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PostPosted: Mon 16 Jan 2023 8:12 pm 
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scytale wrote:
djwebb2021 wrote:

3. A wife calls her husband "a Neaineo". Does anyone recognise this as meaning "my darling"?



It would be pronounced almost exactly like the Spanish niño - "(young) boy", which sounds far-fetched, but then again there's also the very common Irish word garsún, also meaning "boy", which clearly is from the French word with the same meaning.

Thank you for your view.


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PostPosted: Wed 18 Jan 2023 5:23 pm 
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Nano is a Hiberno-English pet form of Nora. The spelling is just showing how Peig rendered it in Irish.

Shows a fairly common feature where English N was said as slender N by monolinguals or those with a weak command of English.

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PostPosted: Wed 18 Jan 2023 5:45 pm 
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djwebb2021 wrote:
I've finished Labharfad le Cách, but I've go some questions:

1. Ach do chuir na buachaillí suas é go raibh na pinginí ag Nóra agus dá bhféadfadh sé gabháilt timpeall uirthi agus í a phósadh, go mbeadh aige.

Gabháil tímpall ar dhuine - I can't find this in dictionaries, but does it mean (mirroring the English) "to get round someone", ie "to get someone to do something"?

"Gabháil timpall ar" is essentially equivalent to "mealladh".


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2. Ní haon dea-shúic thu.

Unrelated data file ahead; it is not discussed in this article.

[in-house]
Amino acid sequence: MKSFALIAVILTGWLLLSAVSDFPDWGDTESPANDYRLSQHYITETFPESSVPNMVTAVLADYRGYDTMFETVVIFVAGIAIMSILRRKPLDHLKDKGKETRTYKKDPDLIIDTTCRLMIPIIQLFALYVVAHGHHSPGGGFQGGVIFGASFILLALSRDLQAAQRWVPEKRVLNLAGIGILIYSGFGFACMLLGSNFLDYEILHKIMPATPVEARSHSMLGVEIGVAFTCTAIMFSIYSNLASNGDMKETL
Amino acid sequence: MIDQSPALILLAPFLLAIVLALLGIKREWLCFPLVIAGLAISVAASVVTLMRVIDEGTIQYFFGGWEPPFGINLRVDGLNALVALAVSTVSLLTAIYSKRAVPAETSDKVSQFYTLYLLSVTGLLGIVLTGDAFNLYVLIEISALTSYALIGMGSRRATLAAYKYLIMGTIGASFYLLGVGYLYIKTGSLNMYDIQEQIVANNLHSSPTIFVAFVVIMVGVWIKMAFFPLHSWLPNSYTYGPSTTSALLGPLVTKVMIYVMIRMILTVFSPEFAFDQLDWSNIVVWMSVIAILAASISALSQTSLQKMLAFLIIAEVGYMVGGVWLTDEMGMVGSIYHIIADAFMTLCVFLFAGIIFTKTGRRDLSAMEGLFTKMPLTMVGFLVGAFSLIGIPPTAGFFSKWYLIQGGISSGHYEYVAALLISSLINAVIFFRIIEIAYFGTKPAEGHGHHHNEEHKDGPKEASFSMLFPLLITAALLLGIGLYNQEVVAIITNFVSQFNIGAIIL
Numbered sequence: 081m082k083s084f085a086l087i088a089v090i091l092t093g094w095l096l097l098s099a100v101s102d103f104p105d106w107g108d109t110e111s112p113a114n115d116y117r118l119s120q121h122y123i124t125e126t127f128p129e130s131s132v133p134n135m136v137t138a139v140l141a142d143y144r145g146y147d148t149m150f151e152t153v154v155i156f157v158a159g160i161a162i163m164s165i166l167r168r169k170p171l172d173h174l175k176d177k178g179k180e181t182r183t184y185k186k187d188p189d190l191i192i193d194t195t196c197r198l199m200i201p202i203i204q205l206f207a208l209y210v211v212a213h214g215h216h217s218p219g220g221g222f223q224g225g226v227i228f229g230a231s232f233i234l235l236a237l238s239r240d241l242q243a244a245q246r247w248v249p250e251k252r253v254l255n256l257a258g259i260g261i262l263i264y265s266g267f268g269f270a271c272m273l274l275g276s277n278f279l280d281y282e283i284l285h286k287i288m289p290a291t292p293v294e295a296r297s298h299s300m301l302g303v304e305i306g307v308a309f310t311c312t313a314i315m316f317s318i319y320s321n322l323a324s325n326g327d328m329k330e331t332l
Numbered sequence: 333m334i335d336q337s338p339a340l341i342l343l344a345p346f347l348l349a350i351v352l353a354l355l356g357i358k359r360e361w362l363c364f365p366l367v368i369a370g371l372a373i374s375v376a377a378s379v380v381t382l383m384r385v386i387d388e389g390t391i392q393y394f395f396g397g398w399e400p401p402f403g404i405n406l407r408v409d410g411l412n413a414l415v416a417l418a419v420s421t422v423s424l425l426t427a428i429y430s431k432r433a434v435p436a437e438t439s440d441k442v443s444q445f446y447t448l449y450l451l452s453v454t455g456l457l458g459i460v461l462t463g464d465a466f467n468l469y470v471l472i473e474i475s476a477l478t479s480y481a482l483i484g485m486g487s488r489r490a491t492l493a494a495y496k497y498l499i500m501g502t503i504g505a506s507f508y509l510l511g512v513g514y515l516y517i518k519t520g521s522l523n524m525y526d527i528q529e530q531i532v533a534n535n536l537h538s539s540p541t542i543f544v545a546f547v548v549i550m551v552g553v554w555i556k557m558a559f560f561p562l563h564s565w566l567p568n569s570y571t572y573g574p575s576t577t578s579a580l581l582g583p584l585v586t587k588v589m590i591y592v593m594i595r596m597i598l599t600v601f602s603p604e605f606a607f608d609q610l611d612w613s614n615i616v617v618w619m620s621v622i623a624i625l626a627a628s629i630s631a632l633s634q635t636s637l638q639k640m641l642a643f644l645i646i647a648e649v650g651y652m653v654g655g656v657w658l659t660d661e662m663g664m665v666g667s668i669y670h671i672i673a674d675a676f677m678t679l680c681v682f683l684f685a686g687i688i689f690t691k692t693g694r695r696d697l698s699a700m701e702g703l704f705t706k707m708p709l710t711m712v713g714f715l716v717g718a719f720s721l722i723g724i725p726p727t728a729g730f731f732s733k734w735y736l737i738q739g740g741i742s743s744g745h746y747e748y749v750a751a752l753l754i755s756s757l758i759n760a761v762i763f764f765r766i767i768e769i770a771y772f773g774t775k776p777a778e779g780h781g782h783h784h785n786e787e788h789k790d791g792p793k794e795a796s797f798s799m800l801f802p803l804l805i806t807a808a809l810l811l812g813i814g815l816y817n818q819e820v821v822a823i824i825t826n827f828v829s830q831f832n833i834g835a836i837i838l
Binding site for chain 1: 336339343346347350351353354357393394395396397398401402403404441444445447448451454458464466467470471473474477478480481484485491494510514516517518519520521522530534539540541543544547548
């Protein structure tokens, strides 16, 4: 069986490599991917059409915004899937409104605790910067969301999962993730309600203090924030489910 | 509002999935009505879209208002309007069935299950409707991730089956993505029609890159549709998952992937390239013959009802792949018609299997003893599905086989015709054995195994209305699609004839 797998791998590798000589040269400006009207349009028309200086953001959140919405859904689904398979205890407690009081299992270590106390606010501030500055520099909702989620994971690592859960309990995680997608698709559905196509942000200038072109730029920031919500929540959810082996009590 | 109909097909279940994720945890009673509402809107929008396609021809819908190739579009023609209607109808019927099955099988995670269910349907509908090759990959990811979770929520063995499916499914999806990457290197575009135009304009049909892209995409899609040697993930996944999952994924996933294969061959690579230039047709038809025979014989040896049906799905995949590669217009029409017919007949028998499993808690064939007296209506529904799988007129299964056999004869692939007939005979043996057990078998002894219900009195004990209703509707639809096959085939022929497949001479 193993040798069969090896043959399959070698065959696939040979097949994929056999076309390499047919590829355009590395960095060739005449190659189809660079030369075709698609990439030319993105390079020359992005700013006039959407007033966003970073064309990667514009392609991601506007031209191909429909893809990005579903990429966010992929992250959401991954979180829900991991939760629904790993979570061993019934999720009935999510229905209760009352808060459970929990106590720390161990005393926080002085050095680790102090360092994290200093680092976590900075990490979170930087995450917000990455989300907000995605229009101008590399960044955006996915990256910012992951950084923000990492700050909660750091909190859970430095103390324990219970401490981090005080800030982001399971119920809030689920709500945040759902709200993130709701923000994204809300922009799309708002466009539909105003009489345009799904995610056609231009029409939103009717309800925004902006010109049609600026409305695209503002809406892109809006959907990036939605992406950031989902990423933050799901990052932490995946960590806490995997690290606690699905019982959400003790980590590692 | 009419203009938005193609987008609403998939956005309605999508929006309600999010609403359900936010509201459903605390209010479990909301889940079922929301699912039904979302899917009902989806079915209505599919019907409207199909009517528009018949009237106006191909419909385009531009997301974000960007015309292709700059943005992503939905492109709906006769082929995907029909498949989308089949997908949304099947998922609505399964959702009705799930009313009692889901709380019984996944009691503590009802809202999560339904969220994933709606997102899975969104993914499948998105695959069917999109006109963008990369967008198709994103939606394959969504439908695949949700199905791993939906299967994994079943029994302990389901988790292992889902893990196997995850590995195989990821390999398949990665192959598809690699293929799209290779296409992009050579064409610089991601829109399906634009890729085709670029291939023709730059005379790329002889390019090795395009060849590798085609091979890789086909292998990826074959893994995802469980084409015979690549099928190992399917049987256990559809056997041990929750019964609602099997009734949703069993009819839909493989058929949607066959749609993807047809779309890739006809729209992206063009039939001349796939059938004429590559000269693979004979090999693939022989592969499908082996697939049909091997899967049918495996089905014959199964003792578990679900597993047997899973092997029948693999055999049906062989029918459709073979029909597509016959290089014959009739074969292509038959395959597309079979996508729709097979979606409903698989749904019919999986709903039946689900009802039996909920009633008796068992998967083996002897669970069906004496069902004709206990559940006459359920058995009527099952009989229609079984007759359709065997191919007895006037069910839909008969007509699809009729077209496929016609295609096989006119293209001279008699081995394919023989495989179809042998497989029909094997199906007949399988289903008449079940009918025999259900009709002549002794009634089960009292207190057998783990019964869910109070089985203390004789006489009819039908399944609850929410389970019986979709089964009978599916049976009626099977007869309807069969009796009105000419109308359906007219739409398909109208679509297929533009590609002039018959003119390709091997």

This apparently means "you are no great shakes" (you are not such a great person). Does anyone recognise this?

It's a direct borrowing of the English phrase, i.e. s(i)úic is just "shake" said with Irish phonology.

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Ar sgáth a chéile a mhairid na daoine, lag agus láidir, uasal is íseal


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PostPosted: Wed 18 Jan 2023 10:37 pm 
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An Lon Dubh wrote:
djwebb2021 wrote:
I've finished Labharfad le Cách, but I've go some questions:

1. Ach do chuir na buachaillí suas é go raibh na pinginí ag Nóra agus dá bhféadfadh sé gabháilt timpeall uirthi agus í a phósadh, go mbeadh aige.

Gabháil tímpall ar dhuine - I can't find this in dictionaries, but does it mean (mirroring the English) "to get round someone", ie "to get someone to do something"?

"Gabháil timpall ar" is essentially equivalent to "mealladh".


Quote:
2. Ní haon dea-shúic thu.

This apparently means "you are no great shakes" (you are not such a great person). Does anyone recognise this?

It's a direct borrowing of the English phrase, i.e. s(i)úic is just "shake" said with Irish phonology.


Thank you, Darran, for those answers! As you say, it is the wife, not the husband, being calling Neaineó.


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PostPosted: Thu 19 Jan 2023 5:46 am 
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An Lon Dubh wrote:
Nano is a Hiberno-English pet form of Nora. The spelling is just showing how Peig rendered it in Irish.

Shows a fairly common feature where English N was said as slender N by monolinguals or those with a weak command of English.


Wow. Good to know.


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